On a recent Sunday, Eilidh Garrett worked a six-hour shift at her part-time job in car finance. After a four-hour break, the third-year medical student then set off for a 12-hour overnight placement.
Each week for Garrett, 25, is a balancing act of working part-time to make ends meet, while struggling to prioritise her studies. She has little downtime and has ended up in hospital from financial stress in the lead-up to recent exams.
“I couldn’t tell work that I couldn’t come in this week because I’ll lose my job,” Garrett said. With no financial support from her parents, her £10 hourly wages barely touch her £4,000 credit card debt.
“It feels like we’re constantly looking out for the NHS by trying to be there and be doctors but the government isn’t looking out for us,” she said.
She is not alone. In April, Garrett and three other medical students started a Twitter campaign, #LiveableNHSBursary, calling for a review of the financial aid medical students receive during their training. Students have since flocked online to share their stories of financial hardship, often detrimental to their studies and careers.
In their first four years, undergraduate medical students in London – in line with other students – are able to access loans up to £12,382. But they are uniquely placed in their final two years: students are able to apply for an NHS means-tested bursary of up to £3,191 each academic year and non-means tested grant of £1,000.
Additional allowances are granted to those living outside London or with parents. Medical students in their final years can also access a reduced maintenance loan from Student Finance England up to £3,354.
The financial shortfall has left many students struggling to complete their degrees, amid soaring inflation and a shortage of doctors.
“I don’t really understand why the system, where we’re short of NHS doctors year-in and year-out … why are we deterring students from being able to finish a degree?” asked Anna Sigston, medical student lead at the Doctors’ Association UK.
Under the hashtag, one student said he worked 25 hours a week on top of his 30-hour placement. Another said she had worked 10 jobs to get through medical school. Even those who don’t face the same financial burden are calling attention to the funding shortfalls.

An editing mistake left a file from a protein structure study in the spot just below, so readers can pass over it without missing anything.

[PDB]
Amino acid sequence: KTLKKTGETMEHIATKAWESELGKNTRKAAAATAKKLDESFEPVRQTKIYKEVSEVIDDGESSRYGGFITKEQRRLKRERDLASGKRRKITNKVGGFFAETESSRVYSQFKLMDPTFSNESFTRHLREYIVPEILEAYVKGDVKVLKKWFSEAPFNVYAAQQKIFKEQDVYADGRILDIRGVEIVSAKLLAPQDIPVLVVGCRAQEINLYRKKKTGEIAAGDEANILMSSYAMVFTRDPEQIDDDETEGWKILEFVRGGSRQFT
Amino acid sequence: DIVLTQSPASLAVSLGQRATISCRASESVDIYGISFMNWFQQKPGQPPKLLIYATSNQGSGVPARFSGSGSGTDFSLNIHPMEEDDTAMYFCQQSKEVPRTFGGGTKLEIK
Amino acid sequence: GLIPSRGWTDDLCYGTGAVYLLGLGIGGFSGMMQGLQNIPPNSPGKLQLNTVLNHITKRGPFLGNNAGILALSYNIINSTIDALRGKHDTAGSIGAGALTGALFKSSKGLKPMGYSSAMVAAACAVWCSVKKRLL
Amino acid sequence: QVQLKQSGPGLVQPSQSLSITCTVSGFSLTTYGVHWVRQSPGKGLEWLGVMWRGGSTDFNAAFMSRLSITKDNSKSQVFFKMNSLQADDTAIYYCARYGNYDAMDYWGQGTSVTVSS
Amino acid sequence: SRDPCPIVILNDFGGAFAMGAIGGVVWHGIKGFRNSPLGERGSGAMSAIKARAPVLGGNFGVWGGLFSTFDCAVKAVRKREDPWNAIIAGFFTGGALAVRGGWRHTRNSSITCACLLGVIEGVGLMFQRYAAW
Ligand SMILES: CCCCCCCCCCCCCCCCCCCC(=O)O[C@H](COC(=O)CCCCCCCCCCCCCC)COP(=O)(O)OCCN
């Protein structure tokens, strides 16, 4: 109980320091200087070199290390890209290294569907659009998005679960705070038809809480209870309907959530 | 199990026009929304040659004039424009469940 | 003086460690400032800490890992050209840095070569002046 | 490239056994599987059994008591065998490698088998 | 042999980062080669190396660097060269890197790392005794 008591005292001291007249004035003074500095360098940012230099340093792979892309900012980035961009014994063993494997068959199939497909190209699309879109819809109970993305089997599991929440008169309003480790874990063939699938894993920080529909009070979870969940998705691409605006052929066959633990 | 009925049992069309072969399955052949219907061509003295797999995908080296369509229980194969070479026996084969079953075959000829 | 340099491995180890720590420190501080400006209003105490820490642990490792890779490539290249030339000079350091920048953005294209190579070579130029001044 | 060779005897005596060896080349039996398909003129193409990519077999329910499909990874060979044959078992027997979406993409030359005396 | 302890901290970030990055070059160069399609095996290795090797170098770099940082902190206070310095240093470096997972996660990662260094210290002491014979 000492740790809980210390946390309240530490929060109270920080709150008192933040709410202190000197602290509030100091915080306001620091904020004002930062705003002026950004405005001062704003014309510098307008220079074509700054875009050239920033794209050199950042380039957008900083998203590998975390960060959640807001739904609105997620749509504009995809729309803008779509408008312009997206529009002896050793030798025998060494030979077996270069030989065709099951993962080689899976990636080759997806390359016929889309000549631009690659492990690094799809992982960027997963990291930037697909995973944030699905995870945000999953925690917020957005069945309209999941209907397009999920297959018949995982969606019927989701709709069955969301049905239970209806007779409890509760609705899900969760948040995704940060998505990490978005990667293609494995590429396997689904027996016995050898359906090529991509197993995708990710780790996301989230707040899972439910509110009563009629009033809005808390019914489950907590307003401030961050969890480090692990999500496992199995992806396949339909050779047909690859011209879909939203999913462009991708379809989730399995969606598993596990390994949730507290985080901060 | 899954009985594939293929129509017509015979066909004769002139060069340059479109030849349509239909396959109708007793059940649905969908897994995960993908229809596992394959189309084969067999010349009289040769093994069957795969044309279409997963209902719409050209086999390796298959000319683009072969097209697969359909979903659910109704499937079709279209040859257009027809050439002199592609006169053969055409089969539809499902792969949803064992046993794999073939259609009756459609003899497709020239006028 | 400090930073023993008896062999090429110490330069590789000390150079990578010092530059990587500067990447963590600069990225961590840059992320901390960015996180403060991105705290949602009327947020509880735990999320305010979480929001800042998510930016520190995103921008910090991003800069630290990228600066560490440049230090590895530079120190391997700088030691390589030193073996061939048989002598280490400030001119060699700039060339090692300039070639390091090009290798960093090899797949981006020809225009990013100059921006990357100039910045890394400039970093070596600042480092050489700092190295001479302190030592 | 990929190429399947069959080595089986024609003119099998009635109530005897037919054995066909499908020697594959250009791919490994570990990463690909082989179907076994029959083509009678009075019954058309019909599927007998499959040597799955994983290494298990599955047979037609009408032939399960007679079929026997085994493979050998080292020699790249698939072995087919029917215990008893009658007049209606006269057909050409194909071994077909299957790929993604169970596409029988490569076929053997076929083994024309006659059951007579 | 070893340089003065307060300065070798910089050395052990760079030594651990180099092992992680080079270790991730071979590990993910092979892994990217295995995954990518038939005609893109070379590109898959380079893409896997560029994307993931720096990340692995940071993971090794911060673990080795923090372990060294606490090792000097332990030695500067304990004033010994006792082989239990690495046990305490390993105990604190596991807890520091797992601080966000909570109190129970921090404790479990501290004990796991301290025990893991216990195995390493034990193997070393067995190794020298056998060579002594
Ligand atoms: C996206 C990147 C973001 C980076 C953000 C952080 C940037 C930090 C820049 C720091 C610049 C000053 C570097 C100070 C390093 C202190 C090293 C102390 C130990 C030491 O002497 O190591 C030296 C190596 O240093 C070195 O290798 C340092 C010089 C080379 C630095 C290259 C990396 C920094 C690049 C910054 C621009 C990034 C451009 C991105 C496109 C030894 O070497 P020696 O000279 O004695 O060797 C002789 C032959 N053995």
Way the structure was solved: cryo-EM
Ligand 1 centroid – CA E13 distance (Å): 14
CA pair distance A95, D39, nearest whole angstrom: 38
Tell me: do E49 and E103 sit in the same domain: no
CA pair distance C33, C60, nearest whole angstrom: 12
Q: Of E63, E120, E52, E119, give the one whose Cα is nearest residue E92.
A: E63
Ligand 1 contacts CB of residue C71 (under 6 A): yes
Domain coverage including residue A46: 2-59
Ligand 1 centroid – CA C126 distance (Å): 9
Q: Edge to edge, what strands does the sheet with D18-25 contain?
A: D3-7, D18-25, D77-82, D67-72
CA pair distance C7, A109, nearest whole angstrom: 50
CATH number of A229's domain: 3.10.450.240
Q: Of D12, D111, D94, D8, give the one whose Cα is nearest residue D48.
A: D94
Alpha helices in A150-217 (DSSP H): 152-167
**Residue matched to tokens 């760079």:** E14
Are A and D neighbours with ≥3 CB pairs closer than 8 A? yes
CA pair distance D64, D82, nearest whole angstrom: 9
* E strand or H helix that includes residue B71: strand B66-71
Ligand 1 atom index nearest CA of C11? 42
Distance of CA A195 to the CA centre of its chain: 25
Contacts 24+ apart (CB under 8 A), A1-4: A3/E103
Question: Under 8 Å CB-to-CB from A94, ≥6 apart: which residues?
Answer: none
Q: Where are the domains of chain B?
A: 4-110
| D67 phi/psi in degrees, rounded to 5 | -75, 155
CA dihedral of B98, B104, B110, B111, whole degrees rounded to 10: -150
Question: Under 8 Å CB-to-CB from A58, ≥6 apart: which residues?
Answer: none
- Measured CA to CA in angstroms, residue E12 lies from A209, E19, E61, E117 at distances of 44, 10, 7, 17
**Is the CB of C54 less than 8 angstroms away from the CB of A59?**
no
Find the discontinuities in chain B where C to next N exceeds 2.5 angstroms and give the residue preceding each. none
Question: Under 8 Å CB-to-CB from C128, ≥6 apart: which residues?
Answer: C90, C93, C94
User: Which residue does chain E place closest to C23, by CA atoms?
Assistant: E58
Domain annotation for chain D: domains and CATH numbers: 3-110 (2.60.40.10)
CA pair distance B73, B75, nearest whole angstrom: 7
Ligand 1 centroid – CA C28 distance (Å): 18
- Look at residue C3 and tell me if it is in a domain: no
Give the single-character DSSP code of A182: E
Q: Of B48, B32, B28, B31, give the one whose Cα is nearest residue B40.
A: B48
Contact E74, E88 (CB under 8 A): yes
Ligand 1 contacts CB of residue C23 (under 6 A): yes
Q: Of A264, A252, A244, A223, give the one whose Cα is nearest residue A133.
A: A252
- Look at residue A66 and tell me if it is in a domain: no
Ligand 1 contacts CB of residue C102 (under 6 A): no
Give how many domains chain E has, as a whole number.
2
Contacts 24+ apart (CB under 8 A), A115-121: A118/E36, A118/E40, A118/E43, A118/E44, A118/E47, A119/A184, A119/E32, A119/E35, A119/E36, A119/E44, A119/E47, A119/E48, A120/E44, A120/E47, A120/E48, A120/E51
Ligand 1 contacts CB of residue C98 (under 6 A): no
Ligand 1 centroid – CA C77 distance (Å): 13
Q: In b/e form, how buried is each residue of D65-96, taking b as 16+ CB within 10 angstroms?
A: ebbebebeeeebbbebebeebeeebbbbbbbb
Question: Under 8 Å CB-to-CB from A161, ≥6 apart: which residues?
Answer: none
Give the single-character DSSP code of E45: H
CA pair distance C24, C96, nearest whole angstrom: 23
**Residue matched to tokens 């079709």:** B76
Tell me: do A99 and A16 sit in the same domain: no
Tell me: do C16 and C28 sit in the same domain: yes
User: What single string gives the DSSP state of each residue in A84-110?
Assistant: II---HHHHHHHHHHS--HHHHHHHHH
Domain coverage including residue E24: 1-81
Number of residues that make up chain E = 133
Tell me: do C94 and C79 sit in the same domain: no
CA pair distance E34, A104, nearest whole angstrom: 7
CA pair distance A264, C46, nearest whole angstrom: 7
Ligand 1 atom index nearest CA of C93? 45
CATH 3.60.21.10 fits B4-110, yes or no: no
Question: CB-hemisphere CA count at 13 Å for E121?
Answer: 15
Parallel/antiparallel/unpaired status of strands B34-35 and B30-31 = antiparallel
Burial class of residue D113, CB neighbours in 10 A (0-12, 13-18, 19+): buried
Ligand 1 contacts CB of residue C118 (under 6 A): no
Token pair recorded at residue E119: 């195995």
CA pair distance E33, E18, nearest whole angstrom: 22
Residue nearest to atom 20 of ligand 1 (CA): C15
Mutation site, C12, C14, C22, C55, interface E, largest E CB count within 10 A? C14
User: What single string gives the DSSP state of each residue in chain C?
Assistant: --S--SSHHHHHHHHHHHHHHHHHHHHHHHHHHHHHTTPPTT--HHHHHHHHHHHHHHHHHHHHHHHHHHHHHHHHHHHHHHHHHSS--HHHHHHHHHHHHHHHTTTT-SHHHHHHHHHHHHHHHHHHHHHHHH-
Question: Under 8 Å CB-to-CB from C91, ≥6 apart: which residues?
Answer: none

Khadija Meghrawi, co-chair of the BMA medical students committee, said it was a government failure.
“For years, we’ve heard instances of students using food banks, overburdened by debt and exhausted by working long hours alongside studying. No student should have to choose between completing their degree and making ends meet,” she said.
A spokesperson for the Department of Health and Social Care said: “We are committed to supporting medical students in England across all years of study and continually keep funding arrangements for all healthcare students under review.”
MPs have also joined the calls. In a letter to the secretary of state for health and social care, Labour’s Clive Lewis said: “All student doctors should have the same chance of getting to the end of their courses, regardless of family and personal incomes.”
The concerns are reminiscent of 2017, when NHS bursaries for midwives, nurses, and other healthcare professions were replaced with student loans. It resulted in a nursing shortage, fewer course applications, and the government reintroducing grants years later.
For Garrett, the experience has changed her attitudes towards being a doctor.
“I love the NHS and I wanted to do this specifically because of the NHS. However, if the government are refusing to treat us properly, even this early on in our career, it doesn’t bode very well for the future,” said Garrett.
According to a 2018 survey, four in 10 medical students in the UK said they or someone they knew had considered dropping out of studying because of financial pressures – although the true number of struggling students is masked by the stigma around discussing hardship.
According to research by the London School of Economics in 2017, nearly 73% of doctors were from professional and managerial backgrounds, and less than 6% from working-class backgrounds.
As a qualified doctor now working in Cumbria, the spectre of Anna Harvey Bluemel’s financial woes still haunt her.
“There’s probably now more medical students than ever who are in financial dire straits because of the increasing cost of living,” said Harvey Bluemel, who received £10,000 in financial support while studying in London. “This funding was inadequate, and has always been inadequate.”
She added: “It harms the profession. And I think it harms patients, because our medical profession does not reflect the makeup of the society that we serve in the UK,” she added.
“There is a lot of effort being made to remove some of the barriers that particularly working-class students have,” she said. “But I think that the idea that once you’re in, you’re exactly the same as everyone else. And it’s just not the case.”